Reach reporter Paris Achen at 541-776-4459 or

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Thai PM visits Cambodia to strengthen bilateral relations

BANGKOK, March 3 (TNA) – Thailand's Prime Minister Samak Sundaravej began his second official trip abroad, leaving for Cambodia on Monday morning.

The prime minister and his delegation left for Phnom Penh, the Cambodian capital, Monday morning on a two-day visit, after having made his first visit abroad since assuming the premiership in an official visit to Laos last weekend.

Foreign Minister Noppadon Pattama said the Thai premier's visit to Cambodia was aimed at strengthening ties between the two countries

Gen. Anupong Paochinda, Thailand's Army chief, who also accompanied the prime minister, said the main issue to be discussed with Cambodian authorities is border demarcation, which has not achieved much progress in the past.

Among the agenda items is the Cambodian request for a loan from Thailand to build a road with the budget of Bt1.4 billion (currently US$43.75 million).

Land development, oil and gas exploration in disputed, overlapping Thai-Cambodian geographic areas, are expected to be dealt with on the agenda, said Mr. Noppadon.

Speaking about the ancient Preah Vihear Khmer temple ruins, which Cambodia has proposed to the United Nations Educational, Scientific, and Cultural Organization (UNESCO) for designation as a World Heritage site, Mr. Noppadon said Thailand can discuss the issue to reach a solution with the neighbouring country. However, Cambodia said the issue won't be considered.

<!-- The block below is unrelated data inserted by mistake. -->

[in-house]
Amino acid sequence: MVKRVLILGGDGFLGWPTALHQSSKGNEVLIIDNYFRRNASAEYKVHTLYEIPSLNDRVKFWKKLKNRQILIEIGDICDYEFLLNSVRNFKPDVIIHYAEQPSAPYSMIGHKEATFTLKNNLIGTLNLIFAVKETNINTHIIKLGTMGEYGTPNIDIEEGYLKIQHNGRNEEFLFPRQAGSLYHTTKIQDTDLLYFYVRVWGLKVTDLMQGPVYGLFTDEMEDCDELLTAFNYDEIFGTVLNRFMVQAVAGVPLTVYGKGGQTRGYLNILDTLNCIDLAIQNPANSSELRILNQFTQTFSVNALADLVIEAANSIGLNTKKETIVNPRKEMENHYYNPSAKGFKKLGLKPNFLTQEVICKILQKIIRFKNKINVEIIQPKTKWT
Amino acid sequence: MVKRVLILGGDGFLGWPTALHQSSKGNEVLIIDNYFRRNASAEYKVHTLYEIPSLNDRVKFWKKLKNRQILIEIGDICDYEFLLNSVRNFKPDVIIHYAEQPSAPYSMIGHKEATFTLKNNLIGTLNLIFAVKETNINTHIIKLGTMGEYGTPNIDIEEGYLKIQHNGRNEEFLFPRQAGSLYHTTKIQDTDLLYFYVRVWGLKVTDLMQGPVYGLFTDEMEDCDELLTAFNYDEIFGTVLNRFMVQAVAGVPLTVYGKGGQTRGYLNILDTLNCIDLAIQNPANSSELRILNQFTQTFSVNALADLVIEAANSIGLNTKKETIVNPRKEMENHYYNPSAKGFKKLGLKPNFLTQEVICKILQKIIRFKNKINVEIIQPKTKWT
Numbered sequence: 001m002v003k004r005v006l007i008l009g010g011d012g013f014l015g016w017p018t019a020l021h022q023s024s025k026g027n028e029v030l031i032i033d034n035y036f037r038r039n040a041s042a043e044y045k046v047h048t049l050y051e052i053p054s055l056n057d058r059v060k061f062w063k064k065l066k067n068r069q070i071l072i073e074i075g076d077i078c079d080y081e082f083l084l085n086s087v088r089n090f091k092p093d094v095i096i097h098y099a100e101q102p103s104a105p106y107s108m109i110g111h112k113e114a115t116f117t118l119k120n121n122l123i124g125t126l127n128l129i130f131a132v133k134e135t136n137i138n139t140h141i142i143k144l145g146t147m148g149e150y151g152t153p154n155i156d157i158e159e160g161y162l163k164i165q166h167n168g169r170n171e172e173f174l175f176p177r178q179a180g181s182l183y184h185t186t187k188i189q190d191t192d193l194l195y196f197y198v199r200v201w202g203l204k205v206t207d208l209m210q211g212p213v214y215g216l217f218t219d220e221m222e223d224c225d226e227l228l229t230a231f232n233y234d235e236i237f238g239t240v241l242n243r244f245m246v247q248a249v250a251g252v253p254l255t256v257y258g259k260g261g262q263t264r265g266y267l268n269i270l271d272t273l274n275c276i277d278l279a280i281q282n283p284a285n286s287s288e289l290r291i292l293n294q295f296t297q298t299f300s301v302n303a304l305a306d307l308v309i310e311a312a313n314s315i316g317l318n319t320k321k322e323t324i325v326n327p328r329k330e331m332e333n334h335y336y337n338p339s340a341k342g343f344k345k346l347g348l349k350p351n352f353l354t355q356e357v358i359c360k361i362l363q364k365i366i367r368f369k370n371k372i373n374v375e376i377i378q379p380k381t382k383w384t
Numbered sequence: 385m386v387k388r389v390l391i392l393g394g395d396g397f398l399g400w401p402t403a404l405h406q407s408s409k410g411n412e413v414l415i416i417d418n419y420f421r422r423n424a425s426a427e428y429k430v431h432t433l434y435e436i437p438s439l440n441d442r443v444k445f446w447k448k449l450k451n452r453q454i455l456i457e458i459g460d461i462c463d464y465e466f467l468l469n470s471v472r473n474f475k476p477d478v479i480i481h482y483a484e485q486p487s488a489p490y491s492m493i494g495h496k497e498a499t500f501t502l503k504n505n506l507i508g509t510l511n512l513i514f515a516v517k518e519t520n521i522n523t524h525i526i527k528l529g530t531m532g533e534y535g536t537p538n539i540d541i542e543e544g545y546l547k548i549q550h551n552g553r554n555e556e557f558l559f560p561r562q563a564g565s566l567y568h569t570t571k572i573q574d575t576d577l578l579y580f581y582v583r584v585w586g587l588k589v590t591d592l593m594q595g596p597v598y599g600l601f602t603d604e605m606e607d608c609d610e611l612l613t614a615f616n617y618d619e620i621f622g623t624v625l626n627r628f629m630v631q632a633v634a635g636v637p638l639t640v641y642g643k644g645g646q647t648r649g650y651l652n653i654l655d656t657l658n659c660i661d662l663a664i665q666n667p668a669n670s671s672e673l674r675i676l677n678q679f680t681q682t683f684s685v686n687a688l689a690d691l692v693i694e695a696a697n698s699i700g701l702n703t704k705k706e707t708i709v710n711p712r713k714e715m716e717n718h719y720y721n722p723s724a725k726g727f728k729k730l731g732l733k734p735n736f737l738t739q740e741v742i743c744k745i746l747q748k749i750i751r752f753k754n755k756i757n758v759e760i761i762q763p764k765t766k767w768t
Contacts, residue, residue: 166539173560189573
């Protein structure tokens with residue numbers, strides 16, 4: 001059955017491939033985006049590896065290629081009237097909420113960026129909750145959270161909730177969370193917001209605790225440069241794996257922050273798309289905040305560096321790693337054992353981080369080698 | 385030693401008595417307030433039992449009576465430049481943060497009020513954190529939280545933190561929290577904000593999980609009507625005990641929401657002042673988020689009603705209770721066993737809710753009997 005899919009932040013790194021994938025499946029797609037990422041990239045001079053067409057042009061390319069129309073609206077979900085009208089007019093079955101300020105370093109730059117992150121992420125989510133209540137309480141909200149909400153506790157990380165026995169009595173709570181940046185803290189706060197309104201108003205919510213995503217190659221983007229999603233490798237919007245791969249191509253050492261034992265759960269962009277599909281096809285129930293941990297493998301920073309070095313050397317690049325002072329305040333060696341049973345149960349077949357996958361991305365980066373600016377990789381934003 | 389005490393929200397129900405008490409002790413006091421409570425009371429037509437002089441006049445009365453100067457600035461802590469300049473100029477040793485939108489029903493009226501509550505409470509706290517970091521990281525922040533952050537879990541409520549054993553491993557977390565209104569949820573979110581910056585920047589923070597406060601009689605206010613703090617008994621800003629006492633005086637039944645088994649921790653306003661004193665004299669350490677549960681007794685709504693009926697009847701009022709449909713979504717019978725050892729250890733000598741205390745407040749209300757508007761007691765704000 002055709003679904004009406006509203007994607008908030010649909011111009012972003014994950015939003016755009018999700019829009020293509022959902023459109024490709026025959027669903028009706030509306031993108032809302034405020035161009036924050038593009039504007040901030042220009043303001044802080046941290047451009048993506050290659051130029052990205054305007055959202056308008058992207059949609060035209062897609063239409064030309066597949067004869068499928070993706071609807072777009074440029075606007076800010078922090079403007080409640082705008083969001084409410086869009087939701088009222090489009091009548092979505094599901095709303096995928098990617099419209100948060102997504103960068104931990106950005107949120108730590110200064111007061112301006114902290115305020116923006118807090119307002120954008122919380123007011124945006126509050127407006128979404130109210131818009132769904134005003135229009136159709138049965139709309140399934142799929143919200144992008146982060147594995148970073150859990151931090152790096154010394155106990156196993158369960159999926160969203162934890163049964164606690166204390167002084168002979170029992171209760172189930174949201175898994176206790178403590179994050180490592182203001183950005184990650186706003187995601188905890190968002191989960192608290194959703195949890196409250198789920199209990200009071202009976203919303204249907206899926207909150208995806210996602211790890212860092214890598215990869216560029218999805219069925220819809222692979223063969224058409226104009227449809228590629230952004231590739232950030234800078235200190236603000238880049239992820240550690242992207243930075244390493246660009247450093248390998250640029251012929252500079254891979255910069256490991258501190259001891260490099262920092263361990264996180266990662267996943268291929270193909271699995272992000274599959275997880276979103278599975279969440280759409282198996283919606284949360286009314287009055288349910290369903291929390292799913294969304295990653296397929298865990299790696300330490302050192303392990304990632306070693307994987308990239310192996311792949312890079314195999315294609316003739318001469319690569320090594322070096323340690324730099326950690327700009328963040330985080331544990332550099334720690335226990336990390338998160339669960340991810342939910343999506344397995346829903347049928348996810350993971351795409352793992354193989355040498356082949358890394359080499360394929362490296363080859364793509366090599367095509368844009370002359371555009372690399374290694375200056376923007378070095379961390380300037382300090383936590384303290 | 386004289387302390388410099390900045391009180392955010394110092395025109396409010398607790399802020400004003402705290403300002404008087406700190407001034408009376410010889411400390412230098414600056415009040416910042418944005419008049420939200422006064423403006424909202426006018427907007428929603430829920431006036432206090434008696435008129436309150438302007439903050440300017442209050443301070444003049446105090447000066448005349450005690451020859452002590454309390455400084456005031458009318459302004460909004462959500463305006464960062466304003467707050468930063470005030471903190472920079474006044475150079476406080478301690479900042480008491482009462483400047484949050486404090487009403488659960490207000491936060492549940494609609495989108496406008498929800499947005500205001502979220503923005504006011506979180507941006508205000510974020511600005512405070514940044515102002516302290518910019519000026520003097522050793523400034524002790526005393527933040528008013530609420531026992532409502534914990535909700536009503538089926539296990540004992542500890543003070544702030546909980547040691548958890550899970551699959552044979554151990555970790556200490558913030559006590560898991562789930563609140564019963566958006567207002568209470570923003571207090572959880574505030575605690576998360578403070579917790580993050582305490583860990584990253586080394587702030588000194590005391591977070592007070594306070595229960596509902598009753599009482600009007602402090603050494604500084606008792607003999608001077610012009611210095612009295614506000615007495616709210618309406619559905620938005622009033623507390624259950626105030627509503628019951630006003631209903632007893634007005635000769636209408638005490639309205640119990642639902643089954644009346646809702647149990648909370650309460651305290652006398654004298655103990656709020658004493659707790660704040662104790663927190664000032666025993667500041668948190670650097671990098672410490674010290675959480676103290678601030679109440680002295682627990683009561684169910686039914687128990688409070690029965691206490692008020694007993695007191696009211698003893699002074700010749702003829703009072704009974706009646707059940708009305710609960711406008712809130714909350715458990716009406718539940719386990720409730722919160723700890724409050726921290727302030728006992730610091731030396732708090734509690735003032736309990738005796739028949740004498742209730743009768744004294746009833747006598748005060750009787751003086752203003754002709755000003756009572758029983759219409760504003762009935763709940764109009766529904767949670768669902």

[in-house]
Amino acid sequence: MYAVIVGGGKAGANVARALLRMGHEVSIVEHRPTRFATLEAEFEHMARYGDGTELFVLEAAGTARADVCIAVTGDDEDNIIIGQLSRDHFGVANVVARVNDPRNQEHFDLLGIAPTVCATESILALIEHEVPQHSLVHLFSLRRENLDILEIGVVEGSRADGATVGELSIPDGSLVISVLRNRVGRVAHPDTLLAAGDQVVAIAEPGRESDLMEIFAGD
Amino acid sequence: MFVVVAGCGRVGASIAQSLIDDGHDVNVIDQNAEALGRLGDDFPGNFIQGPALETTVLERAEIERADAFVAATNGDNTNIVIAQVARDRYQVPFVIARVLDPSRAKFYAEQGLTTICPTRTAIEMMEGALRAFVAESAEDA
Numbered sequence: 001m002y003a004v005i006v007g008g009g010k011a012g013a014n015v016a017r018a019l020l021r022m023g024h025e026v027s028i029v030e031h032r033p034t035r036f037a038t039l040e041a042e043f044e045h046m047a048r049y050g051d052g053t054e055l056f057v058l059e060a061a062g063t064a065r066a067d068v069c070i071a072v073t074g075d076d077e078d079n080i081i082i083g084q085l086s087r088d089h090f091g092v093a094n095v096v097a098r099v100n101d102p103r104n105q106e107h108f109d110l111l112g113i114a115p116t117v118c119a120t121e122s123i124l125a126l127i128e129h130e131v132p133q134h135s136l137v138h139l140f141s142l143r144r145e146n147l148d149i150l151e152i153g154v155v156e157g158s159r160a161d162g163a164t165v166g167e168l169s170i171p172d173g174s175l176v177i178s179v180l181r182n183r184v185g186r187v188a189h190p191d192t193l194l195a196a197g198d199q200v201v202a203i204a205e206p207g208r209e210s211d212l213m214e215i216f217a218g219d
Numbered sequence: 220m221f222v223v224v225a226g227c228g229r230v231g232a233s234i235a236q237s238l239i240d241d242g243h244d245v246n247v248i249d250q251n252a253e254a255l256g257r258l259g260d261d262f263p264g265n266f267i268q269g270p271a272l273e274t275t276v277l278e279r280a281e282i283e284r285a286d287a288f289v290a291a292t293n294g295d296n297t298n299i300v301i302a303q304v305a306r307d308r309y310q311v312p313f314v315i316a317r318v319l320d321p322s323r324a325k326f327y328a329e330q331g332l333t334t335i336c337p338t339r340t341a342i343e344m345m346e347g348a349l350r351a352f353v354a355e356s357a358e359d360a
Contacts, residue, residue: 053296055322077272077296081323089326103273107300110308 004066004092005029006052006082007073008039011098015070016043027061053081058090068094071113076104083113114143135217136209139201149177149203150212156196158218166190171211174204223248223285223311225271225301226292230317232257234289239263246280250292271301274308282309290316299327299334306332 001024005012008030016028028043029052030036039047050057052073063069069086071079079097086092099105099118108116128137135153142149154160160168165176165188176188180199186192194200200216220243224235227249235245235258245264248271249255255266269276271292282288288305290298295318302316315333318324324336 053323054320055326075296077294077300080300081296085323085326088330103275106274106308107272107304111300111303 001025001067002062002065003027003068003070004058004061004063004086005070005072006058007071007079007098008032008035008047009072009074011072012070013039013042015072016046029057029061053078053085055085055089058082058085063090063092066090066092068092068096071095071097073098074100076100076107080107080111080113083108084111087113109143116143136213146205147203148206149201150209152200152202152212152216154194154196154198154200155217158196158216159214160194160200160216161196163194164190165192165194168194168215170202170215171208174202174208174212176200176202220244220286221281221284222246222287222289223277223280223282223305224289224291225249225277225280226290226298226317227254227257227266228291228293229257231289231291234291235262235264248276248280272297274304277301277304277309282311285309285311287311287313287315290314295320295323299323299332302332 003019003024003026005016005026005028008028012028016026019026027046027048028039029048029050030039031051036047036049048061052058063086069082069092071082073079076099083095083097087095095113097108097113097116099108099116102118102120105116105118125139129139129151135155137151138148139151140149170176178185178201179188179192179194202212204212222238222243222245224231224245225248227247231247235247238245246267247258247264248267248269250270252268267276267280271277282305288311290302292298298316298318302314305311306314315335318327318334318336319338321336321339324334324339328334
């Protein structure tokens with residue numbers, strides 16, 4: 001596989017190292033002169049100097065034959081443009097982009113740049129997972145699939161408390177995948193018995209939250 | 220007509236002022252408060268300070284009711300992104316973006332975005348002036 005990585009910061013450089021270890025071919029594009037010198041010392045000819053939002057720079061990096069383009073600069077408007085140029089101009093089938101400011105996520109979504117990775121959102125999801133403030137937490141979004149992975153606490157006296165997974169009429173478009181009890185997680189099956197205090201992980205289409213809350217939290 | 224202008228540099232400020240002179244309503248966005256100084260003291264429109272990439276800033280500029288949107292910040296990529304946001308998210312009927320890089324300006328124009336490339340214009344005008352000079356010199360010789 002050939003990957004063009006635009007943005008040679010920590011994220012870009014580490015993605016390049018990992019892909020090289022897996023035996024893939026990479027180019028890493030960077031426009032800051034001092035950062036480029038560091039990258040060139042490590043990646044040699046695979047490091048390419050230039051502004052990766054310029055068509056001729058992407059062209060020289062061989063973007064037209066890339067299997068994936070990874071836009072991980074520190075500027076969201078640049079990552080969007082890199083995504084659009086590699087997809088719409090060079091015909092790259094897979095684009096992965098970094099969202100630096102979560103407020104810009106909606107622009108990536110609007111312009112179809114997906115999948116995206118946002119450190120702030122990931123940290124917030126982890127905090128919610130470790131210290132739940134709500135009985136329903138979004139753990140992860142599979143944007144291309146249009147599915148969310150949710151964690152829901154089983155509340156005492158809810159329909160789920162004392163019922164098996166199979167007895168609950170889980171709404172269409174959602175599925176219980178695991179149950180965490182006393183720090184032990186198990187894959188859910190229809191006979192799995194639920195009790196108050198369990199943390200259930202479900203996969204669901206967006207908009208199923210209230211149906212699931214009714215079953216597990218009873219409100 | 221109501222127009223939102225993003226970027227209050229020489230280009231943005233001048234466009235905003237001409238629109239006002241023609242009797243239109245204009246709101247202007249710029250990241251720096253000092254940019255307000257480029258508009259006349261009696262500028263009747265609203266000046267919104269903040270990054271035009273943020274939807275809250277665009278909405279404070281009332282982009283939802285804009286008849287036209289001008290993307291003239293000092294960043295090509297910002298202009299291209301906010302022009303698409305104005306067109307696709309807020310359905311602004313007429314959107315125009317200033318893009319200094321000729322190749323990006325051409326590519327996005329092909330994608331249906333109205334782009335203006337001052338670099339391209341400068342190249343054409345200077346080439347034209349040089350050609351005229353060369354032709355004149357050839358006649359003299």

"The International Court of Justice in the Hague ruled (in 1962) that Preah Vihear temple belongs to Cambodia, but the move by Cambodia to push the temple on the UNESCO World Heritage list should neither affect Thailand's rights in the overlapping zone nor at the border," the Thai foreign minister said. (TNA)-E004

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Cambodia launches second post-war census

PHNOM PENH, March 3 (Xinhua) -- With a budget of over six million U.S. dollars and a staff of almost 40,000 officials, Cambodia's second post-war population census began on Monday, local media reported.

The 10-day census is a major undertaking, the Mekong Times newspaper said, citing San Sy Than, director general of the Planning Ministry's National Institute of Statistics (NIS).

Each interviewer will gather data on 120 families, he added.

Census officials have been trained and notified families that a census would be taking place, San Sy Than said, explaining that basic demographic, economic, cultural and social information will be gathered.

"We will also gather family-related information about residential situations and household equipment," he was quoted as saying.

This work will help identify the number and characteristics of the people and to estimate population growth from the village level to the Kingdom as a whole, he added.

The Planning Ministry will announce the preliminary results of the census in August and the complete data by 2009, San Sy Than said.

Cambodia held the first post-war census in 1998, which showed the kingdom had a population of 11.4 million people.